Curtain call

I once appeared on stage with Sir Ian McKellen. It was not one of my greater moments in the spotlight. It came about late in 1994 (I forget the exact date), when I was in the middle of programming a long season of Shakespeare-related films at the National Film Theatre. One of them was aRead More

A brighter world

To Margate on a grey summer’s day, to the Turner Contemporary, which always has something interesting to show, occasionally exhilaratingly so. And so it was this time. The exhibition was of works by American Abstract Expressionist Ed Clark (1926-2019), of whom I knew nothing until now. Over four rooms, with a fifth devoted to aRead More

Ho for Hay

Let’s go to the Hay Festival. Three days of books and people, just over the border into Wales. Well, I’d not been to the Festival before now, for all its fame, and it’s been too long since I visited the book town that gave the world book towns. Staying just outside Hereford. A so-so townRead More

Our stories

There is no time for complacency, the next attack on knowledge is about to happen. Richard Ovenden, Burning the Books (2020) The British Library has been a news story of late, and not a happy one. On 28 October 2023 the Library fell victim to a cyber-attack. A criminal group named Rhysida infiltrated the Library’sRead More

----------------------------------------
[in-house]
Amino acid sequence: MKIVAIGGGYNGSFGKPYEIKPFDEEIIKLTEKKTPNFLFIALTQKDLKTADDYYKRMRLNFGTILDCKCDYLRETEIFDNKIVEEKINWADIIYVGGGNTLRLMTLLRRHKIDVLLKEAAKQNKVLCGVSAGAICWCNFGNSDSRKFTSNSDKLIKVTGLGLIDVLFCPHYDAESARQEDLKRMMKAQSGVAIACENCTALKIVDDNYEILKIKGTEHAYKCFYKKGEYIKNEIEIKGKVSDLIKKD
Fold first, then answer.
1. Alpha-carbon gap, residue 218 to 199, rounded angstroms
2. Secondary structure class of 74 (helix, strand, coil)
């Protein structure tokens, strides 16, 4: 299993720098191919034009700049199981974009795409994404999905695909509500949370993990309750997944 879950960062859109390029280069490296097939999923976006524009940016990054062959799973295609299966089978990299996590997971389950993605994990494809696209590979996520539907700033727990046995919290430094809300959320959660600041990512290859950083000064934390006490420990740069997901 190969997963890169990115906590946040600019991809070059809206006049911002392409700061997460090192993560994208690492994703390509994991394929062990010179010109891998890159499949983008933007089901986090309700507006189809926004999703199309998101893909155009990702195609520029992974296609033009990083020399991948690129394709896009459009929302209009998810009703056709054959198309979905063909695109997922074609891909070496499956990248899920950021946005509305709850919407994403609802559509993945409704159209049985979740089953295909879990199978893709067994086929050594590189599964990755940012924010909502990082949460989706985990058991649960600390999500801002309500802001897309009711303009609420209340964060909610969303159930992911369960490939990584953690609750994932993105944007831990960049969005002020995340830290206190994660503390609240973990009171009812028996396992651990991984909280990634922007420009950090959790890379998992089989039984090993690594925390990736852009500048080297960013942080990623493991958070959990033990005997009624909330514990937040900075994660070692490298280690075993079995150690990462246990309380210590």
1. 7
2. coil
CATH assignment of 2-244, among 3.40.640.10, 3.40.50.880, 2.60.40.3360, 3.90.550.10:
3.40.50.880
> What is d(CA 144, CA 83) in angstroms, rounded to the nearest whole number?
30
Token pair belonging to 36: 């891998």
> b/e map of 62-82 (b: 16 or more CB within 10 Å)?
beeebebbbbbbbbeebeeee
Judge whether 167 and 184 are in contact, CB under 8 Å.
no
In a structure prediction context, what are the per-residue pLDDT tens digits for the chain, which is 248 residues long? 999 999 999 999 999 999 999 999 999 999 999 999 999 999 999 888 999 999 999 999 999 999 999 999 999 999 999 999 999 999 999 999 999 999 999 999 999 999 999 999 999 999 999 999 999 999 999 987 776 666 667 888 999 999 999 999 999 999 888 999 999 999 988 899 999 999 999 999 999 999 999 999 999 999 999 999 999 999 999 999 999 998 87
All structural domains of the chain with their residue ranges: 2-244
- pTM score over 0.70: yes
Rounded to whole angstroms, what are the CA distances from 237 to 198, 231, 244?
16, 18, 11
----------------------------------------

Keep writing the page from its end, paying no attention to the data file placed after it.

Sawdust and spin

‘I saw them play.’ Those are precious words to be said of any notable sporting figure, that you played your part in making them great because you were there in the crowd, witness to their exceptionalism. So I saw Derek Underwood play, the Kent and England left-arm spinner, who died aged seventy-eight on 15 AprilRead More

Living London

One of the great fascinations of early cinema is the archaeology involved. While for later periods of film issues of identification are relatively clear (title, authorship, duration, variations, ownership etc), for early films when the business was young and its nature indeterminate, things are not always straightforward. If you combine this with all the changesRead More

Motion and time

In 1830 two men were born who were to have an immense influence on the creation of cinematography, both technically and aesthetically. Both died in the same year, 1904. Eadweard Muybridge and Etienne-Jules Marey are recognised as the twin pillars on which the art and science of motion pictures were formed. It is a measureRead More